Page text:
GHSA Football Championships May Require Instant Replay

January 18, 2023 / Athletic AdministrationCoachingFootball

A questionable call during the Georgia High School Association’s football championships has pushed state lawmakers to pursue a bill requiring GHSA football championships to use instant replay.

When Cedar Grove High School and Sandy Creek met in the championship game last month, played at Georgia State University’s Center Parc Credit Union Stadium, two big plays in the second half went against Cedar Grove and cost them a title.

replayBoth of those plays — one occurring on offense in the third quarter and the other a goal-line defensive stand in the fourth quarter — were replayed in real-time on the stadium video board. The angles that the fans saw appeared to show Cedar Grove being on the wrong end of those referee decisions that may have cost them a championship.

A recent article from detailed how the events of this year’s football championships may push the GHSA to install instant replay in future years.

Below is an excerpt from the article.

“We have the technology available, readily available. ‘Why not use it?'” asked Alice Malcom, a Cedar Grove alum, and booster who was in the stands.

Now she’s supporting a bill that would require any high school, funded by the state, to use instant replay in a high school championship game. The bill is sponsored by a former NFL player, State Representative Demetrius Douglas (D-Stockbridge) said.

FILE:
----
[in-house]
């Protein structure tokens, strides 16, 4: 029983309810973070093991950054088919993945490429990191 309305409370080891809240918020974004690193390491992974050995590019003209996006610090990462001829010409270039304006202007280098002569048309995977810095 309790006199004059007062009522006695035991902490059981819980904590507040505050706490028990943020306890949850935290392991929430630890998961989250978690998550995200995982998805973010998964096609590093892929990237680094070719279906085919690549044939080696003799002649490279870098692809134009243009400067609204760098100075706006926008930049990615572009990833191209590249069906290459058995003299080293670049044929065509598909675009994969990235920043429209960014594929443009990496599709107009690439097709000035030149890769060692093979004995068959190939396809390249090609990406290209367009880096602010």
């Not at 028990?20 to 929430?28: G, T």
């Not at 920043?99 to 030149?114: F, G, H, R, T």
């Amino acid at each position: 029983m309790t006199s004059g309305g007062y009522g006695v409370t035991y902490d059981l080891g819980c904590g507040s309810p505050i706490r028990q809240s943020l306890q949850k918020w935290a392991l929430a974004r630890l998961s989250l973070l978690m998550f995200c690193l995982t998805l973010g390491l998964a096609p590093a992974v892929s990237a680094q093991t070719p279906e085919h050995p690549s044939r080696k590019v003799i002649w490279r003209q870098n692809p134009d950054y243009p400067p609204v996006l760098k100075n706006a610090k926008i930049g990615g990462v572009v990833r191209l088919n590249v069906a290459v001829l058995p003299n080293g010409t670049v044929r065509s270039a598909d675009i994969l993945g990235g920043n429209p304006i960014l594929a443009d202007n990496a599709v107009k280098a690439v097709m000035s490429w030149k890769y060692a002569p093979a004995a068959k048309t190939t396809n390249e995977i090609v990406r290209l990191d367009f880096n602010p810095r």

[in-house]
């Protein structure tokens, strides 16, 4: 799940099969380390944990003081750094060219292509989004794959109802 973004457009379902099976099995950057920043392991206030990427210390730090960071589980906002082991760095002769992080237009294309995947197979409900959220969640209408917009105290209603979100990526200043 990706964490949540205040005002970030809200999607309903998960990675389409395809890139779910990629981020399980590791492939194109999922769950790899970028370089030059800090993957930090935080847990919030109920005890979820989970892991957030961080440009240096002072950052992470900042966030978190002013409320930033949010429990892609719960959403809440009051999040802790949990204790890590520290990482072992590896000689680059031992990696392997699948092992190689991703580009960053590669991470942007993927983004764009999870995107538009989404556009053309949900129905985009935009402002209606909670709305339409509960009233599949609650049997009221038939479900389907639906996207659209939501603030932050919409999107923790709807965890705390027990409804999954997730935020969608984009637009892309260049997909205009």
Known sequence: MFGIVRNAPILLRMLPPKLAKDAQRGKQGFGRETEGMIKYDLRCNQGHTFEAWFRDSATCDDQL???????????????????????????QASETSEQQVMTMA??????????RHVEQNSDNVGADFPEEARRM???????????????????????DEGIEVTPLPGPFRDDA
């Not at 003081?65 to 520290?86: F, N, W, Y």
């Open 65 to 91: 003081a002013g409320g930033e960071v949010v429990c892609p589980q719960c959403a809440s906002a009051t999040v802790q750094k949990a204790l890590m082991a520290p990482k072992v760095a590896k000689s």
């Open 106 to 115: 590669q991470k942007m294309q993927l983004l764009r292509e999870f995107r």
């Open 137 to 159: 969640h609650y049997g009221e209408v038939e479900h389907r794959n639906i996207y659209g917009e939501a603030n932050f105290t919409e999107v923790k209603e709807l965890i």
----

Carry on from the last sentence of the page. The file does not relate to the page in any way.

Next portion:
“I’m not blaming the officials for what has gone on. But…  you have another set of eyes that you can use,” Rep. Douglas said.

In December 2017, an apparent blown call cost Peach County High School a football championship against Calhoun High School. Replays showed a player catching a pass, taking two stops, and losing the ball when he slapped the ball into the end zone as he was tackled. Referees ruled the pass incomplete.

While it’s commonplace in pro and college games, replay is still spotty in high school games. The Georgia High School Association Director spoke about its challenges following the controversial championship game last month.

“There’s a lot that goes into video review. Operationally, ‘How does it go, what are the angles? Do you have the technology?;” Dr. Robin Hines told reporters last month in response to a question about last month’s game.

Hines added that Mercedes-Benz Stadium, which will host next year’s championship games, will have the technology for referees to use replays.

To read the full story from, click here.